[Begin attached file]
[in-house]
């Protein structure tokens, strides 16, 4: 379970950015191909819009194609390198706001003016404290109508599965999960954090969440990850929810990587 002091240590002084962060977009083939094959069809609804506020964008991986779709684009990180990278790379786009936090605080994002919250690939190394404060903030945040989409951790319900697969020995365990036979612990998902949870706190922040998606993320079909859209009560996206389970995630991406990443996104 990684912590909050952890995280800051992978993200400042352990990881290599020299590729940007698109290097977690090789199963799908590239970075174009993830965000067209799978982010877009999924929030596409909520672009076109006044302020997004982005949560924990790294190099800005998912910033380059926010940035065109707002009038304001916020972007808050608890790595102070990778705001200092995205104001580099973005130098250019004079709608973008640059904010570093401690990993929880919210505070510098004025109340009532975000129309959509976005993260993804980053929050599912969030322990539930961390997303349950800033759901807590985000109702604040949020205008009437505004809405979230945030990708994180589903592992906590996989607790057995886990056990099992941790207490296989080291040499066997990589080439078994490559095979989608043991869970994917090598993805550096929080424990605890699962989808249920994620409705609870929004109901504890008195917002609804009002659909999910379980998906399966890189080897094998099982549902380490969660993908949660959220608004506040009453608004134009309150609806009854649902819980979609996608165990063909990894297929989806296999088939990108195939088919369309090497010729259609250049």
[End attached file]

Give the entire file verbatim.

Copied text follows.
[in-house]
């Protein structure tokens, strides 16, 4: 379970950015191909819009194609390198706001003016404290109508599965999960954090969440990850929810990587 002091240590002084962060977009083939094959069809609804506020964008991986779709684009990180990278790379786009936090605080994002919250690939190394404060903030945040989409951790319900697969020995365990036979612990998902949870706190922040998606993320079909859209009560996206389970995630991406990443996104 990684912590909050952890995280800051992978993200400042352990990881290599020299590729940007698109290097977690090789199963799908590239970075174009993830965000067209799978982010877009999924929030596409909520672009076109006044302020997004982005949560924990790294190099800005998912910033380059926010940035065109707002009038304001916020972007808050608890790595102070990778705001200092995205104001580099973005130098250019004079709608973008640059904010570093401690990993929880919210505070510098004025109340009532975000129309959509976005993260993804980053929050599912969030322990539930961390997303349950800033759901807590985000109702604040949020205008009437505004809405979230945030990708994180589903592992906590996989607790057995886990056990099992941790207490296989080291040499066997990589080439078994490559095979989608043991869970994917090598993805550096929080424990605890699962989808249920994620409705609870929004109901504890008195917002609804009002659909999910379980998906399966890189080897094998099982549902380490969660993908949660959220608004506040009453608004134009309150609806009854649902819980979609996608165990063909990894297929989806296999088939990108195939088919369309090497010729259609250049």